Looking back, and with this very long email as a preliminary annual 
report (we are working on this!), I can only say that these achievements 
are what count; we are here for the long haul, intense disagreements 
about the relationship between the future of the internet and the future 
of our respective societies, let alone the world as a whole, are 
inevitable. They will remain so but as far as mobilization around human 
rights for the internet go, I would say that inclusion and diversity 
across all sectors has been a positive force. It is not an end in 
itself, nor a perfect formula, nor a silver bullet to address all 
injustices perpetuated by governments, corporate entities, and 
individuals (trolls, bullies, predators etc) online. But I am going to 
settle for less than perfection to enable that the good can prevail. 
And, on that note, recall Antonio Gramsci from the 1930's on the need to 
keep a pessimism of the intellect alongside an optimism of the will.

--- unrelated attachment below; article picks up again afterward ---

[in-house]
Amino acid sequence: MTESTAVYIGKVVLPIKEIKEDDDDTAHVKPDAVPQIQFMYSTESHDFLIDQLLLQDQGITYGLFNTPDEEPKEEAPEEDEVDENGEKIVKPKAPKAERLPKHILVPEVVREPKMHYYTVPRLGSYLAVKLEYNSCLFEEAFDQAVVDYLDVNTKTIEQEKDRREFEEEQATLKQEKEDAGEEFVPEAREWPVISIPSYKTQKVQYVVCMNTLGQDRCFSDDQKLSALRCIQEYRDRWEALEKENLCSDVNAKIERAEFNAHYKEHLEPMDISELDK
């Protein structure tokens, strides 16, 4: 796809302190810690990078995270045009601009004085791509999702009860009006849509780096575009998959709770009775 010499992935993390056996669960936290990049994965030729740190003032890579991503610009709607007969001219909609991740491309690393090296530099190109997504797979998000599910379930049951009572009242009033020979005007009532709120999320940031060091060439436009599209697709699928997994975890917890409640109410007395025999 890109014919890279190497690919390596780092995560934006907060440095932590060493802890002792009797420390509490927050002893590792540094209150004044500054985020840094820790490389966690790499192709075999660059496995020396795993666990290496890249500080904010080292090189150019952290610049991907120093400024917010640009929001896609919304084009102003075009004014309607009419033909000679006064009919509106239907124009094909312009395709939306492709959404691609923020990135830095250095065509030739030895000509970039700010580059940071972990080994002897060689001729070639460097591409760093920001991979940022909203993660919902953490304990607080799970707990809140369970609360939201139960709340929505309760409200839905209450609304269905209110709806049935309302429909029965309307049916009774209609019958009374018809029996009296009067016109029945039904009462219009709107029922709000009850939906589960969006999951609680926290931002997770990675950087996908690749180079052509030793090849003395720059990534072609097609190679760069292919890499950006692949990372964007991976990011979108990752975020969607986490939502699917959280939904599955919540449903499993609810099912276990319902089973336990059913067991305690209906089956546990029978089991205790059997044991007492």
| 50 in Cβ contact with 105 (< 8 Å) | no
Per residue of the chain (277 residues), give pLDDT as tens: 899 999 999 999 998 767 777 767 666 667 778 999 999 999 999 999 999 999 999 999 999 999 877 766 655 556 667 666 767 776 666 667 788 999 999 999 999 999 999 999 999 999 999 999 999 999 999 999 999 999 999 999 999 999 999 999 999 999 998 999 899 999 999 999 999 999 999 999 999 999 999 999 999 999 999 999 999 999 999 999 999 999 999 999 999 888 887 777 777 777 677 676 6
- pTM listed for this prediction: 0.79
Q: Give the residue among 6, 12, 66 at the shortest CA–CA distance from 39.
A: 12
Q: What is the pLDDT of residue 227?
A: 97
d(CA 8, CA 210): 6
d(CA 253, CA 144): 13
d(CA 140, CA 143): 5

Lots to debate, lots to do, so please hang in there, and do join us for 
the next steps; one simple way is to take part in the election of an 
incoming co-Chair and an SC member for the 2014-2015 IRP Coalition 
<https://www.surveymonkey.com/r/QFPKLCN> as we head into 2015, an 
important year for human rights and the internet; everyone's voice 
counts: https://www.surveymonkey.com/r/QFPKLCN.

All views above are my own.
Marianne F

On 24/10/2014 15:29, chaals at yandex-team.ru wrote:
> Hi,
> This by now pretty unedifying discussion about the finer theoretical 
> points of different approaches to democracy seems to have outlived its 
> usefulness to this group.
> It takes a certain kind of stubbornness not to recognise that there